- There has been a lot of talk about the Michael Lewis (of Moneyball fame) profile of Obama in Vanity fair. One interesting quote I think deserves a lot more discussion is: “On top of all of this, after you have made your decision, you need to feign total certainty about it. People being led do not want to think probabilistically.” This is a key issue that is only going to get worse going forward. All of public policy is probabilistic - we are even moving to clinical trials to evaluate public policy.
- It’s sort of amazing to me that I hadn’t heard about this before, but a UC Davis professor was threatened for discussing the reasons PSA screening may be overused. This same issue keeps coming up over and over - screening healthy populations for rare diseases is often not effective (you need a ridiculously high specificity or a treatment with almost no side effects). What we need is John McGready to do a claymation public service video or something explaining the reasons screening might not be a good idea to the general public.
- A bleg - I sometimes have a good week finding links myself and there are a few folks who regularly send links (Andrew J., Alex N., etc.) I’d love it if people would send me cool links when they see them with the email title, “Sunday LInks” - i’m sure there is more cool stuff out there.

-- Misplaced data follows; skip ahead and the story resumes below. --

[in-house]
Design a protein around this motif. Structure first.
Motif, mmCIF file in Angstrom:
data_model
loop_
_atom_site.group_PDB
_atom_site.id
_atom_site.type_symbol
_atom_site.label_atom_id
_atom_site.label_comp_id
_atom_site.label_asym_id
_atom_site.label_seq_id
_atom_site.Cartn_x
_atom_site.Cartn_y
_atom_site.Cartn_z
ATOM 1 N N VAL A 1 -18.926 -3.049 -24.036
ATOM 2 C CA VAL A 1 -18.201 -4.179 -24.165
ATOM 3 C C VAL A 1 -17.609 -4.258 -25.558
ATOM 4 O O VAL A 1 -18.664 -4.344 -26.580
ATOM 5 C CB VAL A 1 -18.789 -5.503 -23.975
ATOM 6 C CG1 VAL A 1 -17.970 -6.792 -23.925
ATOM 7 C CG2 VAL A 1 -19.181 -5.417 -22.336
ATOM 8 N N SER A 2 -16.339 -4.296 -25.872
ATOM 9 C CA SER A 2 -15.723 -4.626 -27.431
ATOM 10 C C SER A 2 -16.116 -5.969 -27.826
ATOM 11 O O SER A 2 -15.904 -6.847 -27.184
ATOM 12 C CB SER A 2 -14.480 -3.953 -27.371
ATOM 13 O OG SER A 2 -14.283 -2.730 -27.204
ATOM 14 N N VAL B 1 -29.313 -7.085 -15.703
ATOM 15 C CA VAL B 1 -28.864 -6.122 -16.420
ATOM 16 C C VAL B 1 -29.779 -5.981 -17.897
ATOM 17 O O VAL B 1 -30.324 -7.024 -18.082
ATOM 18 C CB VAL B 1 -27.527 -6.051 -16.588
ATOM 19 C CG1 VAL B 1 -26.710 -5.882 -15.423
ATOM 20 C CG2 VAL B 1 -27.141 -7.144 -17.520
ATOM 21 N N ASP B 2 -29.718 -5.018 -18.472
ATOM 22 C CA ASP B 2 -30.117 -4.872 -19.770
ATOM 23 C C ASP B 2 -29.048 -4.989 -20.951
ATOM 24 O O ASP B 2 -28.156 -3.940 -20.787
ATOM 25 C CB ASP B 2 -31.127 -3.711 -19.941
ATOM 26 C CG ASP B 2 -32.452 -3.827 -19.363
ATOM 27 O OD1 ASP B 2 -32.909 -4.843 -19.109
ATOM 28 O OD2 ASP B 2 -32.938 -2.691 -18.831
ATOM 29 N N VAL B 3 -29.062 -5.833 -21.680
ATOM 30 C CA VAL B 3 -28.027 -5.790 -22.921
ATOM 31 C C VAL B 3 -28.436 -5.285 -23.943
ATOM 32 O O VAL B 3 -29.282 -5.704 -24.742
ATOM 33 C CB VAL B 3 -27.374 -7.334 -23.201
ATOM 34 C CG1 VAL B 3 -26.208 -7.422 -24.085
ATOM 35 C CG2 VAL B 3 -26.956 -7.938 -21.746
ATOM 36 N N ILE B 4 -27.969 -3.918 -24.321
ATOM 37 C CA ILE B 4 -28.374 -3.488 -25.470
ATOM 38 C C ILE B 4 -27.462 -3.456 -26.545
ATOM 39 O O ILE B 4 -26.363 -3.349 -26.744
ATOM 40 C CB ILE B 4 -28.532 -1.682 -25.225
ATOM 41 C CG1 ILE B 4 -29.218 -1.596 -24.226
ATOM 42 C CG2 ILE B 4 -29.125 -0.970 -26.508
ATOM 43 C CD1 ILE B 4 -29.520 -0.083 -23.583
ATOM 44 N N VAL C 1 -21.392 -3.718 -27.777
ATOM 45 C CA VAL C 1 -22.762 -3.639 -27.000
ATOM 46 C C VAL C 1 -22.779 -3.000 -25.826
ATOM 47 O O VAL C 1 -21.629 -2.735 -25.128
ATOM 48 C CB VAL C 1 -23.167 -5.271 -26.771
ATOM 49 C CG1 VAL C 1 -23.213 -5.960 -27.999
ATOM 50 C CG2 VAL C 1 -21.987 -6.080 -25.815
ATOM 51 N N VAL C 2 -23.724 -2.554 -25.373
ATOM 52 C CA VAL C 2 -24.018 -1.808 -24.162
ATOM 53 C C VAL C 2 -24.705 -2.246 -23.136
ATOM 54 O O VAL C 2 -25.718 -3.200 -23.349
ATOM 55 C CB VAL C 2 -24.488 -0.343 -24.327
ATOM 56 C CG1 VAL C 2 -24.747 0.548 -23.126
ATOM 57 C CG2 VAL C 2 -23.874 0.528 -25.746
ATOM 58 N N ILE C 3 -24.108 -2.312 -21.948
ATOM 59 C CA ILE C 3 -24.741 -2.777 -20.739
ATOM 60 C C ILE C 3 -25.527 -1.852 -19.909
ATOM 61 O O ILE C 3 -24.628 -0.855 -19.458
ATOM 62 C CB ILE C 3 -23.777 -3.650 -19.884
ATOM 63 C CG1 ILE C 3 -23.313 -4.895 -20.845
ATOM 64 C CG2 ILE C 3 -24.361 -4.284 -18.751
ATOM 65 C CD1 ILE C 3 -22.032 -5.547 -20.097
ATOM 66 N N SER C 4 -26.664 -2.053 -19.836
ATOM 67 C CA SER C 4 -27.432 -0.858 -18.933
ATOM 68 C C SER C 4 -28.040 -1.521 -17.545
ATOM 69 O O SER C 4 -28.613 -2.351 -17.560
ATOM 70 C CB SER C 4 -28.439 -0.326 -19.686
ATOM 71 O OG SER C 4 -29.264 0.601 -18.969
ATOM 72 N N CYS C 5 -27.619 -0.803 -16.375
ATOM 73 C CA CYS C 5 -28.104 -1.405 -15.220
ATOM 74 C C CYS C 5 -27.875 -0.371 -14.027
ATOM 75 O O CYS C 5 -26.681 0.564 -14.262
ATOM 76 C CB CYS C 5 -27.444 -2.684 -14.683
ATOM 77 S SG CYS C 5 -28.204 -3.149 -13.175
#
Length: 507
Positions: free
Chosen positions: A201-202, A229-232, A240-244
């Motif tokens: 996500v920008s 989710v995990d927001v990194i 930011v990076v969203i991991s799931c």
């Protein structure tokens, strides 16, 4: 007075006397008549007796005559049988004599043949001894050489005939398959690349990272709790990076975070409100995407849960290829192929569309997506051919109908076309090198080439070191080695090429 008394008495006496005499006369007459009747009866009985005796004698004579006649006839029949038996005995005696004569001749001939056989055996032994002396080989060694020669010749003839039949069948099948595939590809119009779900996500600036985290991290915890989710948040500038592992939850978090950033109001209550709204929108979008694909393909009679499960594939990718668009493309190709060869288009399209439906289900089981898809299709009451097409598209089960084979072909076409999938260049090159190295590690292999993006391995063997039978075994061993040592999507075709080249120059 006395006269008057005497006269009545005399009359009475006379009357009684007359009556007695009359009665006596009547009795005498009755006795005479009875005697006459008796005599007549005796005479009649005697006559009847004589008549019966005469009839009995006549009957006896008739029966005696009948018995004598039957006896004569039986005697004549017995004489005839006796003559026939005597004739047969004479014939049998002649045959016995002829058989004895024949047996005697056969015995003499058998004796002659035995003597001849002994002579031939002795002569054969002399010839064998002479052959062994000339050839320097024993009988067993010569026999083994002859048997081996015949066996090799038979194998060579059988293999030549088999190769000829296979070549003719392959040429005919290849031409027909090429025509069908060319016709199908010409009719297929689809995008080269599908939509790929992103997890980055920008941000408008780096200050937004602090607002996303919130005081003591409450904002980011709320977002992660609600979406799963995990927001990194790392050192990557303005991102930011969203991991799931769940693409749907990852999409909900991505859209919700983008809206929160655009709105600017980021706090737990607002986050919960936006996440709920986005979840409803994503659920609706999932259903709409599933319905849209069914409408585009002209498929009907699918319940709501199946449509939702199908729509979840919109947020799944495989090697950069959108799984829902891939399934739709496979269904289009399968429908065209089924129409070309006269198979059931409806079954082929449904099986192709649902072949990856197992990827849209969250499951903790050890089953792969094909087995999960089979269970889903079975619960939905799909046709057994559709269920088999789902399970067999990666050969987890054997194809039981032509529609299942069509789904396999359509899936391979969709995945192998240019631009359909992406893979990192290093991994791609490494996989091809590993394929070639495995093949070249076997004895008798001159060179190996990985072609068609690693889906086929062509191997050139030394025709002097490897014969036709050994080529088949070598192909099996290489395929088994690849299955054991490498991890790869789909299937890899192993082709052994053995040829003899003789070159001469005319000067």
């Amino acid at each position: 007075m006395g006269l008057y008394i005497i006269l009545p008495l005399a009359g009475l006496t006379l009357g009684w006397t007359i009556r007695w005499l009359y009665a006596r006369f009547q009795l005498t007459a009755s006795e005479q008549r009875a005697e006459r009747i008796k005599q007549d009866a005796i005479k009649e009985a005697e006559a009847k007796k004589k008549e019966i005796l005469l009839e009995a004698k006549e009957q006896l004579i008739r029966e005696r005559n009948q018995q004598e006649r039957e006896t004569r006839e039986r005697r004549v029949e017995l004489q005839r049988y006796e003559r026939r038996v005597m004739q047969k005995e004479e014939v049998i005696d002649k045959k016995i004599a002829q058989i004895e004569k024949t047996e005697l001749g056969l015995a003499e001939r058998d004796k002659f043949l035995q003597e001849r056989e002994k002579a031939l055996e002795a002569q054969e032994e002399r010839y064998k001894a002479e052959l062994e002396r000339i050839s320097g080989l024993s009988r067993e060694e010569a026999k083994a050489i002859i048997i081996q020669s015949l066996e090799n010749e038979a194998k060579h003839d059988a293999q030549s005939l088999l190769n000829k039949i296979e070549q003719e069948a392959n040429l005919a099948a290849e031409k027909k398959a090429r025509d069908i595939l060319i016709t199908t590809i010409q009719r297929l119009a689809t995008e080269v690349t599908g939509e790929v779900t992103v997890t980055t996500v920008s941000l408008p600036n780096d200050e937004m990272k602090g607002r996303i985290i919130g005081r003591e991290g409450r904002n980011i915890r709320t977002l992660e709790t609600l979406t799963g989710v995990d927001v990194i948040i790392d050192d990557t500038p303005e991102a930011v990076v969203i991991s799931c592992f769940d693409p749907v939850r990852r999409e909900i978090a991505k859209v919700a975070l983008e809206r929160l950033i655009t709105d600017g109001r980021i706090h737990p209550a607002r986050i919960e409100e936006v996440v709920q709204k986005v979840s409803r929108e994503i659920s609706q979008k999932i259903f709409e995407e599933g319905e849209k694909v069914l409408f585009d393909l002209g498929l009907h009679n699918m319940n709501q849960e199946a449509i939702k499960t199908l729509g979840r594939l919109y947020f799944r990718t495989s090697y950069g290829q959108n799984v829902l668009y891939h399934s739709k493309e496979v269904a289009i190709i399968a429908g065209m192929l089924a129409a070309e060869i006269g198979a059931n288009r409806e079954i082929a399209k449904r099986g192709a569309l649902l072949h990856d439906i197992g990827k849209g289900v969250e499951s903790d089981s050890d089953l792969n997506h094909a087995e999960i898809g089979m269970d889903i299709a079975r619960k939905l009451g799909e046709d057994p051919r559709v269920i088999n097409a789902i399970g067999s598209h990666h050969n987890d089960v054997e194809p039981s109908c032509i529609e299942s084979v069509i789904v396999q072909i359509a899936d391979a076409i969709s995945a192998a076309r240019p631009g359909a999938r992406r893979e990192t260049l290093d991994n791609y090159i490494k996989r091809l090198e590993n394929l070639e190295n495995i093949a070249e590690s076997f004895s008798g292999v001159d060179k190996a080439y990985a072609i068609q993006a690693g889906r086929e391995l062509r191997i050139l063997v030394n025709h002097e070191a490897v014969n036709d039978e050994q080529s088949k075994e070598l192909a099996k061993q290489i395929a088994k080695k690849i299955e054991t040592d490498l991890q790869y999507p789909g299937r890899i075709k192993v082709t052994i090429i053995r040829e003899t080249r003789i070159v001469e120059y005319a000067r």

- The ICSB has a competition to improve the coverage of computational biology on Wikipedia. Someone should write a surrogate variable analysis or robust multiarray average article.
- I had not hear of the ASA’s Stattrak until this week, it looks like there are some useful resources there for early career statisticians. With the onset of fall, it is closing in on a new recruiting season. If you are a postdoc/student on the job market and you haven’t read Rafa’s post on soft vs. hard money, now is the time to start brushing up! Stay tuned for more job market posts this fall from Simply Statistics.
- A really nice explanation of the elements of Obamacare. Rafa’s post on the new inHealth initiative Scott is leading got a lot of comments on Reddit. Some of them are funny (Rafa’s spelling got rocked) and if you get past the usual level of internet-commentary politeness, some of them seem to be really relevant - especially the comments about generalizability and the economics of health care.
- From Andrew J. a cool visualization of the human genome, they are showing every base of the human genome over the course of a year. That turns out to be about 100 bases per second. I think this is a great way to show how much information is in just one human genome. It also puts the sequencing data deluge in perspective. We are now sequencing thousands of these genomes a year and its only going to get faster.
- Cosma Shalizi has a nice list of unsolved problems in statistics on his blog (via Edo A.). These problems primarily fall into what I call Category 1 problems in my post on motivating statistical projects. I think he has some really nice insight though and some of these problems sound like a big deal if one was able to solve them.
- A really provocative talk on why consumers are the job creators. The issue of who are the job creators seems absolutely ripe for a thorough statistical analysis. There are a thousand confounders here and my guess is that most of the work so far has been Category 2 - let’s use convenient data to make a stab at this. But a thorough and legitimate data analysis would be hugely impactful.
- Your eReader is collecting data about you.